But when your responses to something like an inquiry are not personalized, they can quickly start to feel cold and lifeless and kind of look like everybody else.

So in addition to the first point of building awareness before the client even inquires, how can you then turn around and personalize the response that you’re sending to each and every inquiry?

How did they hear about you? Can you include that in your response? Can you do something that goes above and beyond, like including a customized, personalized video that you quickly send, explaining things.

How can you respond in a way that makes the potential client feel like they’re already friends with you and that they just have to hit reply and keep the conversation going with you?

3. You’re giving them the price too soon

Listen, I know talking about money can be uncomfortable and I know that you probably feel like maybe your prices are too expensive and you just don’t want to talk about money. So you just want to get it out there in the open, so that no one is confused.

But the problem with that is when you give them the price too soon, it’s so much easier to be price shopped.

Meaning, if they emailed five photographers at once and all five photographers gave them prices, they might just be looking at the prices and choosing the one that they think is the best. You haven’t built a rapport with them. They don’t know anything about you and your business and what you offer. And when we just send the price in a PDF, no matter how beautiful, no matter how well it’s presented, it’s so much easier to be price shopped.

So in your initial inquiry, what can you do to have them take the next step with learning more information about your services without including a price? One thing that we did was we always included a starting price, so that if we were just completely out of their budget, they didn’t waste our time and we didn’t waste their time.

But whenever you send over a full price sheet, it’s just too much for them to digest in one email and a confused mind doesn’t buy. So, how can you give them the necessary information that they need to take the next step with you, which might look like a phone call, an in-person meeting at a coffee shop, a meeting at your studio, or a Zoom call?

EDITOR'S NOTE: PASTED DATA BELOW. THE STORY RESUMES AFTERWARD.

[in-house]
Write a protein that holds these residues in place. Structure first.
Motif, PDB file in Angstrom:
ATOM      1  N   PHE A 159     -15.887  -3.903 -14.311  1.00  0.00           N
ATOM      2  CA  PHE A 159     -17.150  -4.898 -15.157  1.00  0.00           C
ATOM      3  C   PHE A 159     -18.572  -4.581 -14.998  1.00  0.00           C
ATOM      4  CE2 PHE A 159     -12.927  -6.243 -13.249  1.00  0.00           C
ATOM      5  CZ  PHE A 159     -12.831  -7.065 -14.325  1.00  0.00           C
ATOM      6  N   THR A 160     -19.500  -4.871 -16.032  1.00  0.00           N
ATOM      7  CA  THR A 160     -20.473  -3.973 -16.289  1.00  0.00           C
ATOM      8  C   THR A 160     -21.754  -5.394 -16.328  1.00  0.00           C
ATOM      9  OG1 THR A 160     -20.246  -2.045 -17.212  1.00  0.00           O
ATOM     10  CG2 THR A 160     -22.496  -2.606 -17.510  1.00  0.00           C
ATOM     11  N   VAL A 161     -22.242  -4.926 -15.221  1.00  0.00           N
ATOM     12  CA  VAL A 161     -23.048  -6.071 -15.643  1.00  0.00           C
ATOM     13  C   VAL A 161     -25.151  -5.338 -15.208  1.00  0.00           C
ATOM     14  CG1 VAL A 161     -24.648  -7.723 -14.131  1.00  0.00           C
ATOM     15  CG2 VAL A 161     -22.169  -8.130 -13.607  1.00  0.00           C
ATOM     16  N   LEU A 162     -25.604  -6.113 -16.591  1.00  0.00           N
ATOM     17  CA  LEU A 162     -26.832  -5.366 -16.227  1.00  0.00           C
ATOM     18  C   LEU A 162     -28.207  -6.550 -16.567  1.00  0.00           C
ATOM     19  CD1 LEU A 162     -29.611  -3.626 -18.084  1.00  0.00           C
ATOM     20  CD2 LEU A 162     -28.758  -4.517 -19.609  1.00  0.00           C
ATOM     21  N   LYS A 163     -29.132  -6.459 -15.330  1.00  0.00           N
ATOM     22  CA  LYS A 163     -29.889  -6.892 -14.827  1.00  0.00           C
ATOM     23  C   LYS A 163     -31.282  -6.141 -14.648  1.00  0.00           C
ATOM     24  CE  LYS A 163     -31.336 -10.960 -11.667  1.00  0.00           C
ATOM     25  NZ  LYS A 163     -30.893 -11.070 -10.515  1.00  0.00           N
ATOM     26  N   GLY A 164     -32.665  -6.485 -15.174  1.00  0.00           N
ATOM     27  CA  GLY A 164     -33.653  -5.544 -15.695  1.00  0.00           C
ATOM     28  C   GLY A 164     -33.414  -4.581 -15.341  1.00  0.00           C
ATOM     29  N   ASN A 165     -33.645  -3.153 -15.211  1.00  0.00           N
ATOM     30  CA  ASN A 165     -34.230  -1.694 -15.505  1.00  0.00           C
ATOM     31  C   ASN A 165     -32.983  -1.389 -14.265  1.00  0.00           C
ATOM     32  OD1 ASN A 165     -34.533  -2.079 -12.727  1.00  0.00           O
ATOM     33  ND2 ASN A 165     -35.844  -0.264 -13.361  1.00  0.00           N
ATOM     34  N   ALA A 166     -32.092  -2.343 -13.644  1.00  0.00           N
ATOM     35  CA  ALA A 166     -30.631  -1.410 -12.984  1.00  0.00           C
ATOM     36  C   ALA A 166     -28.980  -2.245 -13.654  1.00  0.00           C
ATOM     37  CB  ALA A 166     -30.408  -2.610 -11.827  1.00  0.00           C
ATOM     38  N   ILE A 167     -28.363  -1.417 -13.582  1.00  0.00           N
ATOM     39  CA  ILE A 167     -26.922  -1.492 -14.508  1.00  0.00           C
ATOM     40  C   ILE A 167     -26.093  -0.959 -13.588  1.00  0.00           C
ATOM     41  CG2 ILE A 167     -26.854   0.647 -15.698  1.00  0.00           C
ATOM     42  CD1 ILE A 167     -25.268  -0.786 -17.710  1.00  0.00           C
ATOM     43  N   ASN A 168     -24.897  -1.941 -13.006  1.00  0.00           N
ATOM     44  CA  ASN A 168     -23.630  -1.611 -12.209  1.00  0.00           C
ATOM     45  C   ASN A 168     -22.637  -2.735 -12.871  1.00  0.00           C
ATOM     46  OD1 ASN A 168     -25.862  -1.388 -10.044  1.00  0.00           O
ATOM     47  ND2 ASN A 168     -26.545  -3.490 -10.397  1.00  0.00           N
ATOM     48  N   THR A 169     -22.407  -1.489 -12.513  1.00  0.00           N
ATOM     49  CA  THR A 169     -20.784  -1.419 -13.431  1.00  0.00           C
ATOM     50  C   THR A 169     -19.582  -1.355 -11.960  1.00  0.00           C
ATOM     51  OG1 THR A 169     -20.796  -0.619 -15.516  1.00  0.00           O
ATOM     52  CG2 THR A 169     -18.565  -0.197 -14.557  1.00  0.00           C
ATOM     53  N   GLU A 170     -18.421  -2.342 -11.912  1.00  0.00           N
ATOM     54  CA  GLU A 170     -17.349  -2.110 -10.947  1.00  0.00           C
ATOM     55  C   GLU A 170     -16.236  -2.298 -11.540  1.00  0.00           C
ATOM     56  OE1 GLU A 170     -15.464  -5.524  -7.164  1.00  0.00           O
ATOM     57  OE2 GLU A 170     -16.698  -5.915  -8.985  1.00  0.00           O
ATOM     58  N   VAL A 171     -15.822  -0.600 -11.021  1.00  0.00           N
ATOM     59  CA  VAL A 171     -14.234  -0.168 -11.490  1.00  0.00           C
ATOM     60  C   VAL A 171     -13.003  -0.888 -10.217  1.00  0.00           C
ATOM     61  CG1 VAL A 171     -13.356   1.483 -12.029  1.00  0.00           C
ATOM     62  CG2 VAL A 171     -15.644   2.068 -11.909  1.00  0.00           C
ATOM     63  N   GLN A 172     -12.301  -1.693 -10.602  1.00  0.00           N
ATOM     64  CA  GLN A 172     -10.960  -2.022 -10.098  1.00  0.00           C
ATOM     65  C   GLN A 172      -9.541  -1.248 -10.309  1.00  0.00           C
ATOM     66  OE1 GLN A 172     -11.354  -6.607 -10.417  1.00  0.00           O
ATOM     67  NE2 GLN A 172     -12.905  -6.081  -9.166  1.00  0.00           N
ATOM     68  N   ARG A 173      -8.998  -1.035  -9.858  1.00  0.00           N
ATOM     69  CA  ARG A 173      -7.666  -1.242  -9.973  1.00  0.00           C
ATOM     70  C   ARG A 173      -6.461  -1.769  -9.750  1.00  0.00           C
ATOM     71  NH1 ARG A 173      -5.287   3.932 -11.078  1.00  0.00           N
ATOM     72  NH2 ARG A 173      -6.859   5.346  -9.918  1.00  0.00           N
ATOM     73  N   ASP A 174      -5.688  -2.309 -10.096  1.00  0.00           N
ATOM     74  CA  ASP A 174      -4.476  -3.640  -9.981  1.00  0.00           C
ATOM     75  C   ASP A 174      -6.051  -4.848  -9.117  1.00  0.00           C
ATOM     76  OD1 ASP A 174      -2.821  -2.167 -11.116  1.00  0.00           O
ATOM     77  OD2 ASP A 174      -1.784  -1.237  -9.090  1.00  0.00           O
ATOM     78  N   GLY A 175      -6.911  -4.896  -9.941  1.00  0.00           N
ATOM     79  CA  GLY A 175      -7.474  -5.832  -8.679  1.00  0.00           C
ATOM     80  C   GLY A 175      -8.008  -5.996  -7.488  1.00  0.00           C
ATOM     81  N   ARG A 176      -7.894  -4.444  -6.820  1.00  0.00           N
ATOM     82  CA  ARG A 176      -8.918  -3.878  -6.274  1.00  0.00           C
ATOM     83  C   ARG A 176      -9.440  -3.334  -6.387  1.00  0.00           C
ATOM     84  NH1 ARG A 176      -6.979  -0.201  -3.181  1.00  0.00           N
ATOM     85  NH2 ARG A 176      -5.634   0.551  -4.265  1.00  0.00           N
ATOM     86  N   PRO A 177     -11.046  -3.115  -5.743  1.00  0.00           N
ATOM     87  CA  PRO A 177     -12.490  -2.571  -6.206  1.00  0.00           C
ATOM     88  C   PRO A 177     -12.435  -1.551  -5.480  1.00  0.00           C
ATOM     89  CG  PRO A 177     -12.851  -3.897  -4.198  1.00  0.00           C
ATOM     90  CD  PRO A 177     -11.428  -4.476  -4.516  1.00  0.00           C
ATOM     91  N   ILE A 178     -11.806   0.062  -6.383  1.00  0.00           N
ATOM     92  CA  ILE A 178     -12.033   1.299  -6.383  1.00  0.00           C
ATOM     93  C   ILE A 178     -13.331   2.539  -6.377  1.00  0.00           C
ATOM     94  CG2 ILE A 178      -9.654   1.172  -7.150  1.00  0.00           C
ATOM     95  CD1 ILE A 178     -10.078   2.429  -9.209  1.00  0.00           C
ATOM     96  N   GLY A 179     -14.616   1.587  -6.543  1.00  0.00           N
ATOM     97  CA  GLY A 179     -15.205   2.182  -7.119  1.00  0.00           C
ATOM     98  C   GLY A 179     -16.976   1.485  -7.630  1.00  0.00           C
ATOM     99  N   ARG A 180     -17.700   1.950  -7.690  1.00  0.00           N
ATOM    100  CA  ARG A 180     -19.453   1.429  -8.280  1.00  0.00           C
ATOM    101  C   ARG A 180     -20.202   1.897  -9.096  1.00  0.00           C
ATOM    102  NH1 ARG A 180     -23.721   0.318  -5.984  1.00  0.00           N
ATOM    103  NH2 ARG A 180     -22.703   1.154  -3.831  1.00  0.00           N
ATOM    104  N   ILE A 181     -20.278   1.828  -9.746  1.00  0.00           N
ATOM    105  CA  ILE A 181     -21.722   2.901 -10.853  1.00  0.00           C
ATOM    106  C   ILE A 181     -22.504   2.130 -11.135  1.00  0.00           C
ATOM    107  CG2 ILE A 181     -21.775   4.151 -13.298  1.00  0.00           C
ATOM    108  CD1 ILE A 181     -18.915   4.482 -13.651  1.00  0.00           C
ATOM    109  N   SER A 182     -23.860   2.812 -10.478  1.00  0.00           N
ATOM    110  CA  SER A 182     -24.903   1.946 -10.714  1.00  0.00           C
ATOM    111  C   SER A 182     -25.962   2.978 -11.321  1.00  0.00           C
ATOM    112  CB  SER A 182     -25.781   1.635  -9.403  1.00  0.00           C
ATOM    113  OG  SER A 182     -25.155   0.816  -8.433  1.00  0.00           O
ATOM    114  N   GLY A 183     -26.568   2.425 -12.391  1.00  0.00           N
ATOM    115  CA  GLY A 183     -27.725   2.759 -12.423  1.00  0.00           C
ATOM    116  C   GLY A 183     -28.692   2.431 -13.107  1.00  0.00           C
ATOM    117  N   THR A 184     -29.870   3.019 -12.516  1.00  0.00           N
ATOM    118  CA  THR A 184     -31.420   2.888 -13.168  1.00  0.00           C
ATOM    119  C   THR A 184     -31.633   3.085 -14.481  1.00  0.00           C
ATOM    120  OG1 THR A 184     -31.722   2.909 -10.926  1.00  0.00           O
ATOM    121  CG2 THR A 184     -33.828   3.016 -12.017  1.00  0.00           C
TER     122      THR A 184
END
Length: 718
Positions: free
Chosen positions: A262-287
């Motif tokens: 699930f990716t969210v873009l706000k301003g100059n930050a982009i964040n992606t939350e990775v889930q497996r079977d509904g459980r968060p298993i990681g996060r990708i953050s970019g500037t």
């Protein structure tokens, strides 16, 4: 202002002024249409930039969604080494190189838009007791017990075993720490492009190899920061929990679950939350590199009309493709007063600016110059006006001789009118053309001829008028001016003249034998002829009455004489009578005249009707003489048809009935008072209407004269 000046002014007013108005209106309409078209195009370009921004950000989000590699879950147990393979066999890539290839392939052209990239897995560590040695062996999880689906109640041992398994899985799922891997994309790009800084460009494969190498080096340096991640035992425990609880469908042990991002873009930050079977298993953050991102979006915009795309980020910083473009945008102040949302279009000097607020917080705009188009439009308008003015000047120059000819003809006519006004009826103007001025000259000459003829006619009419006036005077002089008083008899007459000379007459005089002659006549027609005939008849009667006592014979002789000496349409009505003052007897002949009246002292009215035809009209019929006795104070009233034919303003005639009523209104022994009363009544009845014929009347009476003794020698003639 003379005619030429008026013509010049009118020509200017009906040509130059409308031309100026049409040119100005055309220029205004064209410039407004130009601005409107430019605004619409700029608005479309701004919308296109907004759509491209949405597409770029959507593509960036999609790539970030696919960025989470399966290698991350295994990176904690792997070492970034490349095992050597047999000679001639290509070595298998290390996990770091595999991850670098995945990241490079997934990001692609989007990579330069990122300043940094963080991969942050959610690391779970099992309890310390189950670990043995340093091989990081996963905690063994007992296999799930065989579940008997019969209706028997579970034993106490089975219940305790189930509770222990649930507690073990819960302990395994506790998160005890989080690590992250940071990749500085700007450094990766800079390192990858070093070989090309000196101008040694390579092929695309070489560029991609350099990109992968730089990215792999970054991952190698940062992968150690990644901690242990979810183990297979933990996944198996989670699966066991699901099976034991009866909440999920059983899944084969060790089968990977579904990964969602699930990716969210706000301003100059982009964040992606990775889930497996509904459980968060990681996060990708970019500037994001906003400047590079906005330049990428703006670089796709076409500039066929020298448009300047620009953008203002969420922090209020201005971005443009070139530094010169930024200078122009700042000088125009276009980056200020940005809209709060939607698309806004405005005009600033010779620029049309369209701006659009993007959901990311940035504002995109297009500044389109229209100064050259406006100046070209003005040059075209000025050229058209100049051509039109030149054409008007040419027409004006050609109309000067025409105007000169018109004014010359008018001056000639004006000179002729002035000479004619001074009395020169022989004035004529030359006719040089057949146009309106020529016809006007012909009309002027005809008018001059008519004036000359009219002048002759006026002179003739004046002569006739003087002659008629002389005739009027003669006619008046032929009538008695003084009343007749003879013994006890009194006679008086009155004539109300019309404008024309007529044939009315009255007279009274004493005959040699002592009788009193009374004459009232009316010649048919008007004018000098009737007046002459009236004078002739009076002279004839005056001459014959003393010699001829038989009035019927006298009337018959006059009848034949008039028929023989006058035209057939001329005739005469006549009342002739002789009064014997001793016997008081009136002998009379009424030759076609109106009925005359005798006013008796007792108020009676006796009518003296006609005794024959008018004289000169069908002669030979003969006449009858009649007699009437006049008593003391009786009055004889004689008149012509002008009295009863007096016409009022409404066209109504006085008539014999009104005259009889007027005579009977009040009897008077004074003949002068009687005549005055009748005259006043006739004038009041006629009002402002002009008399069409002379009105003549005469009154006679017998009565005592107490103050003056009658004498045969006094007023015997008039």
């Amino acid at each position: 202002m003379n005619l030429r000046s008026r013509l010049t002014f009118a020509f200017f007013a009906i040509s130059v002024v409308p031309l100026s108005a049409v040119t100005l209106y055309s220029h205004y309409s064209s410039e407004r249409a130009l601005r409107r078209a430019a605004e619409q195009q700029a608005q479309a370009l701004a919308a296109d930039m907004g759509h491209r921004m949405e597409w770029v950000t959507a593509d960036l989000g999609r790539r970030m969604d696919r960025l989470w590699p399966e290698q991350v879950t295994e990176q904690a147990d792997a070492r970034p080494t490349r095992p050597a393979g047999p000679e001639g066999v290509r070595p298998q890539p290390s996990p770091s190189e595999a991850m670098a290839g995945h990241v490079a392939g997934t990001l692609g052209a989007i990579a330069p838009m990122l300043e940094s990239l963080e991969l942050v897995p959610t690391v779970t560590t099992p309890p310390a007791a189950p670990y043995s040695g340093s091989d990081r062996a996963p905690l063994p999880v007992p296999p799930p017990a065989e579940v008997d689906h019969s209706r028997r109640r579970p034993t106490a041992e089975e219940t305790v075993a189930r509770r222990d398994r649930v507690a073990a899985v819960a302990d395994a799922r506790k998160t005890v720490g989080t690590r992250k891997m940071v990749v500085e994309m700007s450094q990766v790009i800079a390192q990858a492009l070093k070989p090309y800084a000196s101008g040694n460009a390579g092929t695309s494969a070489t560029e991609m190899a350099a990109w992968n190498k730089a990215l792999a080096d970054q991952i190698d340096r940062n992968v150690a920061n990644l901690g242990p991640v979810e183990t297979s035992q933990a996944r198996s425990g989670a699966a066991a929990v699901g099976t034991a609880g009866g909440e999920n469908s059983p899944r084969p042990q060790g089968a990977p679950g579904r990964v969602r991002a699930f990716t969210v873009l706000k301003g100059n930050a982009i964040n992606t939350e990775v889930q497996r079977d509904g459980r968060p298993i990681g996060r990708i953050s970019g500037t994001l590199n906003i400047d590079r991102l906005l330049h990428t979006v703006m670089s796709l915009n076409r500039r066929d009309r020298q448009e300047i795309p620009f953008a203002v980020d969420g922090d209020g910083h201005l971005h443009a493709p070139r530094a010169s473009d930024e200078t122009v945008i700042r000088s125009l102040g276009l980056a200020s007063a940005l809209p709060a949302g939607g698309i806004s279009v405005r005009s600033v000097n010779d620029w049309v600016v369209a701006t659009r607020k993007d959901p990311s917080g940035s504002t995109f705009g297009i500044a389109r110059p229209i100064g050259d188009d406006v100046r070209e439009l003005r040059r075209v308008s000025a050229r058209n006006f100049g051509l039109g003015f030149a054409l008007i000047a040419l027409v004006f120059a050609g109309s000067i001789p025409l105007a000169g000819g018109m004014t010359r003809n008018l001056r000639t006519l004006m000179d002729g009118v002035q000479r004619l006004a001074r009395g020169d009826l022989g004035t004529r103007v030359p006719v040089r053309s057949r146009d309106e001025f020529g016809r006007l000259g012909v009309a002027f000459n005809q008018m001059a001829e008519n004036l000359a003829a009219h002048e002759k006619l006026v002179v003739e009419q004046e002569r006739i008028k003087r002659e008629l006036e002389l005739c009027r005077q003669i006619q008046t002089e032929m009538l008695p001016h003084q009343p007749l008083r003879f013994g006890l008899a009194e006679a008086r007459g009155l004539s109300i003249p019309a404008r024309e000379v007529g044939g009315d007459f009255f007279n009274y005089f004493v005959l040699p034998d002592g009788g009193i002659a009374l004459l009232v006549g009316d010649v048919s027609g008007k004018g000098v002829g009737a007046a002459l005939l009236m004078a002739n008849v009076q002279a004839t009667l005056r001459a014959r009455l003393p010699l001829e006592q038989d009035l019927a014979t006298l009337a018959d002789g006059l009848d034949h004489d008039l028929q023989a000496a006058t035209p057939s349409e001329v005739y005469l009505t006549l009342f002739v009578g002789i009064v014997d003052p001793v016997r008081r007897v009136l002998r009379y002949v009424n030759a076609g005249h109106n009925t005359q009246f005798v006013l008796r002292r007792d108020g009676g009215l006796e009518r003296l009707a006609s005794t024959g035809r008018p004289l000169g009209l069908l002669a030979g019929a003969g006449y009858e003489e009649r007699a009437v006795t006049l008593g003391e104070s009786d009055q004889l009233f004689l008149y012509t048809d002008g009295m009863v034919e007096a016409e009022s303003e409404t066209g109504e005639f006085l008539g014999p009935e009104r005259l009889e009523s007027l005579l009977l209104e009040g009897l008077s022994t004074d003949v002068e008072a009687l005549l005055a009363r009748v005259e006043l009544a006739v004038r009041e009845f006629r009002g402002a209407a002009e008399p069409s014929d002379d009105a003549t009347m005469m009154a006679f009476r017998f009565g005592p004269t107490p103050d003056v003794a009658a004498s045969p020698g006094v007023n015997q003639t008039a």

What’s that next step and how can you make it an easy “YES” in that inquiry response?

4. They don’t see the value in what you’re offering

So let me ask you this: if I were to say, “Hey, I have a dollar and I want to mail you that dollar, but in exchange, you should also mail me $1.”

Would you do it? No, of course not. Why? Because it makes no sense. We’re exchanging the same amount of money and it’s all of this work and all this effort to do so.

But if I said, “Hey, I want you to mail me a dollar and in exchange, I’m going to mail you a hundred dollars.” That would be a no-brainer, right?

But we’re doing the same thing with our clients. Whenever we show them that what we’re offering them is worth what we’re charging, it starts to feel like a “No.” Why?

Because we need to show them that what we’re offering them is worth more than the cost. That’s when it becomes a no-brainer.

But when we can show our potential clients that what we’re offering them is more valuable than the money we’re asking for, that’s when you start to become booked easily. Because the value is so great that letting go of that money doesn’t hurt quite as much. It becomes a no-brainer to them.

And so when you make the mistake of sending over your pricing too soon, they haven’t had the chance to see the value in what you’re offering.

Is that true for every single client? No. Like we talked about in the beginning, when you have a client who already knows you or has been referred or knows of you, because you’ve done a good job with your branding and your marketing, they need less hand holding than a cold lead, than somebody who’s never heard of you before.

And that cold lead needs to understand what is the value of what you’re offering me and is it higher than the money that you’re asking me to part with.

  • So are you conveying the value? Do you believe that your $2,000 birth photography package is actually worth $4,000? And how can you convey that to them?